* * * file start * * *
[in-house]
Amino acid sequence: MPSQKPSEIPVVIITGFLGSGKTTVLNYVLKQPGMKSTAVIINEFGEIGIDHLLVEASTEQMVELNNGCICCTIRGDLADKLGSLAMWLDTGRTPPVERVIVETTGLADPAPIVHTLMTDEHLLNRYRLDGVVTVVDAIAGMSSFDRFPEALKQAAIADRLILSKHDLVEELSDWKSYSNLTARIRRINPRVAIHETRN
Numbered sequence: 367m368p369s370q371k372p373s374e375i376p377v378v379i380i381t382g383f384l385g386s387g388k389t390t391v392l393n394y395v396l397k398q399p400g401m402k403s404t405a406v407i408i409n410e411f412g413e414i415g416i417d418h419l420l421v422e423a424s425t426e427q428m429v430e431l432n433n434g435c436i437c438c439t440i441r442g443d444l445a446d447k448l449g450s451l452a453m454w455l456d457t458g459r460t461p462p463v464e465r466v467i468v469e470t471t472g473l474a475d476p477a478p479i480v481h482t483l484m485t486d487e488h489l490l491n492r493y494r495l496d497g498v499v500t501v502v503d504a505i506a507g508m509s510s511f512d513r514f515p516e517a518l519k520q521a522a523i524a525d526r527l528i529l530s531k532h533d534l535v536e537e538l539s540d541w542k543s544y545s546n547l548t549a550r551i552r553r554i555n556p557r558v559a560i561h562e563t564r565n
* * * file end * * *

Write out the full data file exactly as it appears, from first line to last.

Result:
[in-house]
Amino acid sequence: MPSQKPSEIPVVIITGFLGSGKTTVLNYVLKQPGMKSTAVIINEFGEIGIDHLLVEASTEQMVELNNGCICCTIRGDLADKLGSLAMWLDTGRTPPVERVIVETTGLADPAPIVHTLMTDEHLLNRYRLDGVVTVVDAIAGMSSFDRFPEALKQAAIADRLILSKHDLVEELSDWKSYSNLTARIRRINPRVAIHETRN
Numbered sequence: 367m368p369s370q371k372p373s374e375i376p377v378v379i380i381t382g383f384l385g386s387g388k389t390t391v392l393n394y395v396l397k398q399p400g401m402k403s404t405a406v407i408i409n410e411f412g413e414i415g416i417d418h419l420l421v422e423a424s425t426e427q428m429v430e431l432n433n434g435c436i437c438c439t440i441r442g443d444l445a446d447k448l449g450s451l452a453m454w455l456d457t458g459r460t461p462p463v464e465r466v467i468v469e470t471t472g473l474a475d476p477a478p479i480v481h482t483l484m485t486d487e488h489l490l491n492r493y494r495l496d497g498v499v500t501v502v503d504a505i506a507g508m509s510s511f512d513r514f515p516e517a518l519k520q521a522a523i524a525d526r527l528i529l530s531k532h533d534l535v536e537e538l539s540d541w542k543s544y545s546n547l548t549a550r551i552r553r554i555n556p557r558v559a560i561h562e563t564r565n